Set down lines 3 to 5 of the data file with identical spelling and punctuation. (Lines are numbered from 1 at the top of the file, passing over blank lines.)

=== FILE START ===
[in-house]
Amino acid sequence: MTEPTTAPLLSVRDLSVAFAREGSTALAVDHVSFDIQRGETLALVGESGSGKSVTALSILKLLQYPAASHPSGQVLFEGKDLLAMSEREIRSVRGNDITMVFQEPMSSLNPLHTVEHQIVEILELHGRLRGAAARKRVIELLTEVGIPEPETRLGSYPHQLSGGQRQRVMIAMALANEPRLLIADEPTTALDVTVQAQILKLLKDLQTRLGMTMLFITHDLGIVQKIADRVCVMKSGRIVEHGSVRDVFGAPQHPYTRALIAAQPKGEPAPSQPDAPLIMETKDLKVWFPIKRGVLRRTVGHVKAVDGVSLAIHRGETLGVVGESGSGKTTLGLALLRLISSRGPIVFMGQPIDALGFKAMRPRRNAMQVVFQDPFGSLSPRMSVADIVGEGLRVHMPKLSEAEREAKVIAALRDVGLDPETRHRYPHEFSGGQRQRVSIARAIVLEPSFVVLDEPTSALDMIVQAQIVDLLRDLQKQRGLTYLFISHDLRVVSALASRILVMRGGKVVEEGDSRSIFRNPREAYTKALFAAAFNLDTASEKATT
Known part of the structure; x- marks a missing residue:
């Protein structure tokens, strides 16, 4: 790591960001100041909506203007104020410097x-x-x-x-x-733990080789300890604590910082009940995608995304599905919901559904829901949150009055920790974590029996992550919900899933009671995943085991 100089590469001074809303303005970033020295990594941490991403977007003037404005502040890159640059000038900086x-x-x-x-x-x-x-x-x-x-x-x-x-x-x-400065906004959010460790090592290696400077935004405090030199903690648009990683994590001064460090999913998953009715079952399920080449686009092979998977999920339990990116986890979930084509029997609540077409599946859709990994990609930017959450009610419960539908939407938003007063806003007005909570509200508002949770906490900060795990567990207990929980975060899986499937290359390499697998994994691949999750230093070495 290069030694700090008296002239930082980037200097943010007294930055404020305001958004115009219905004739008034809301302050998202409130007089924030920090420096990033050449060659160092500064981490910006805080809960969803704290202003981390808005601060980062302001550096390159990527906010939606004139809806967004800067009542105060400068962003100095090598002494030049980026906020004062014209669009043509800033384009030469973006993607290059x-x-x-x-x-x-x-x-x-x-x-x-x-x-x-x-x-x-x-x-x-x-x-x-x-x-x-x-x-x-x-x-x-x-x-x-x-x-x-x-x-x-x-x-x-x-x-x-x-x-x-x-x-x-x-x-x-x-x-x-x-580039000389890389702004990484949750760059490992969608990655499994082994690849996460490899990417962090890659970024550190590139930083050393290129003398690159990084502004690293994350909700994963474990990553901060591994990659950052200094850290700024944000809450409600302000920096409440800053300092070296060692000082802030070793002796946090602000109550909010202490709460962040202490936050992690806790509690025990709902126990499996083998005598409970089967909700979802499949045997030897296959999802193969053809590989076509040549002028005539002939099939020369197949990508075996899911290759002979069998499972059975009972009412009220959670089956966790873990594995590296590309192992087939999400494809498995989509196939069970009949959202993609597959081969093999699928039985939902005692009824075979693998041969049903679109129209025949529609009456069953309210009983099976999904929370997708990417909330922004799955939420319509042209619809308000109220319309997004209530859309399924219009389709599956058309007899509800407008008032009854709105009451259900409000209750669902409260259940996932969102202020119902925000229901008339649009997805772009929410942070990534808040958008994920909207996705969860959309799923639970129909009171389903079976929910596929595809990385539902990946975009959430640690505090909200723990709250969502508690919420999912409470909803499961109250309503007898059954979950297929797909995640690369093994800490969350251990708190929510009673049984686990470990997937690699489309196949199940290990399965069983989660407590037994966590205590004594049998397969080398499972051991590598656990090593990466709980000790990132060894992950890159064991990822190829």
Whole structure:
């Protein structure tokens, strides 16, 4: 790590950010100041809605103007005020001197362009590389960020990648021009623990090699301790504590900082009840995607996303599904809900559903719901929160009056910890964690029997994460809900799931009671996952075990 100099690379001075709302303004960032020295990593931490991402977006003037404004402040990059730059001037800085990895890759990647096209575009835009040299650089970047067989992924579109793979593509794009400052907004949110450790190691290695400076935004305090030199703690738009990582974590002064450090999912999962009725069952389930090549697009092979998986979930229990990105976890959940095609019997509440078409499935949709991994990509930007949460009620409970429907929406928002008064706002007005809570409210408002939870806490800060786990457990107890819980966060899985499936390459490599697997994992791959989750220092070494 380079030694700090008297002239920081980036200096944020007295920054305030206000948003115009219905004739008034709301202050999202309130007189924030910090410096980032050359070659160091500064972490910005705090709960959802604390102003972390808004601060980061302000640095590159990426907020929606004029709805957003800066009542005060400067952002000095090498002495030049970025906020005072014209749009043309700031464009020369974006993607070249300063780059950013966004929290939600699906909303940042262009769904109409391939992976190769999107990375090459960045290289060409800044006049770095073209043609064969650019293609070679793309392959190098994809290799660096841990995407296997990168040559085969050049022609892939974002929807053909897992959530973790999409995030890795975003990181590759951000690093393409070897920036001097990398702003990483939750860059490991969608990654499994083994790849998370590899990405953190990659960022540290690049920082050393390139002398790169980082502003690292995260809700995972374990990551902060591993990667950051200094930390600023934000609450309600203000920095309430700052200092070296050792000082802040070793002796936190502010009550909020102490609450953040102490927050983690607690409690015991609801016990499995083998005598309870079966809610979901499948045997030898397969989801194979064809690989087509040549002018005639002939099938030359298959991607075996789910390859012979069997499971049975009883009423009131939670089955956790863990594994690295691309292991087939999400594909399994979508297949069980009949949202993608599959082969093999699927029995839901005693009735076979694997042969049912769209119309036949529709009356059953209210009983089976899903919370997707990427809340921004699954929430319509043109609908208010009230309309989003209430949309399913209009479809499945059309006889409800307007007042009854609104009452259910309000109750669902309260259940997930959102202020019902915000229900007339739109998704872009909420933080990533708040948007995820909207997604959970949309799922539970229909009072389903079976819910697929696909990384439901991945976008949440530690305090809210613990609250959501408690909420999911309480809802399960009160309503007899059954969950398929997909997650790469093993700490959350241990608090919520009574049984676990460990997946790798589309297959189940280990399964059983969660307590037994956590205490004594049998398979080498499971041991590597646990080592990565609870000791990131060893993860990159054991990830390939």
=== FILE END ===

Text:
Known part of the structure; x- marks a missing residue:
């Protein structure tokens, strides 16, 4: 790591960001100041909506203007104020410097x-x-x-x-x-733990080789300890604590910082009940995608995304599905919901559904829901949150009055920790974590029996992550919900899933009671995943085991 100089590469001074809303303005970033020295990594941490991403977007003037404005502040890159640059000038900086x-x-x-x-x-x-x-x-x-x-x-x-x-x-x-400065906004959010460790090592290696400077935004405090030199903690648009990683994590001064460090999913998953009715079952399920080449686009092979998977999920339990990116986890979930084509029997609540077409599946859709990994990609930017959450009610419960539908939407938003007063806003007005909570509200508002949770906490900060795990567990207990929980975060899986499937290359390499697998994994691949999750230093070495 290069030694700090008296002239930082980037200097943010007294930055404020305001958004115009219905004739008034809301302050998202409130007089924030920090420096990033050449060659160092500064981490910006805080809960969803704290202003981390808005601060980062302001550096390159990527906010939606004139809806967004800067009542105060400068962003100095090598002494030049980026906020004062014209669009043509800033384009030469973006993607290059x-x-x-x-x-x-x-x-x-x-x-x-x-x-x-x-x-x-x-x-x-x-x-x-x-x-x-x-x-x-x-x-x-x-x-x-x-x-x-x-x-x-x-x-x-x-x-x-x-x-x-x-x-x-x-x-x-x-x-x-x-580039000389890389702004990484949750760059490992969608990655499994082994690849996460490899990417962090890659970024550190590139930083050393290129003398690159990084502004690293994350909700994963474990990553901060591994990659950052200094850290700024944000809450409600302000920096409440800053300092070296060692000082802030070793002796946090602000109550909010202490709460962040202490936050992690806790509690025990709902126990499996083998005598409970089967909700979802499949045997030897296959999802193969053809590989076509040549002028005539002939099939020369197949990508075996899911290759002979069998499972059975009972009412009220959670089956966790873990594995590296590309192992087939999400494809498995989509196939069970009949959202993609597959081969093999699928039985939902005692009824075979693998041969049903679109129209025949529609009456069953309210009983099976999904929370997708990417909330922004799955939420319509042209619809308000109220319309997004209530859309399924219009389709599956058309007899509800407008008032009854709105009451259900409000209750669902409260259940996932969102202020119902925000229901008339649009997805772009929410942070990534808040958008994920909207996705969860959309799923639970129909009171389903079976929910596929595809990385539902990946975009959430640690505090909200723990709250969502508690919420999912409470909803499961109250309503007898059954979950297929797909995640690369093994800490969350251990708190929510009673049984686990470990997937690699489309196949199940290990399965069983989660407590037994966590205590004594049998397969080398499972051991590598656990090593990466709980000790990132060894992950890159064991990822190829």
Whole structure: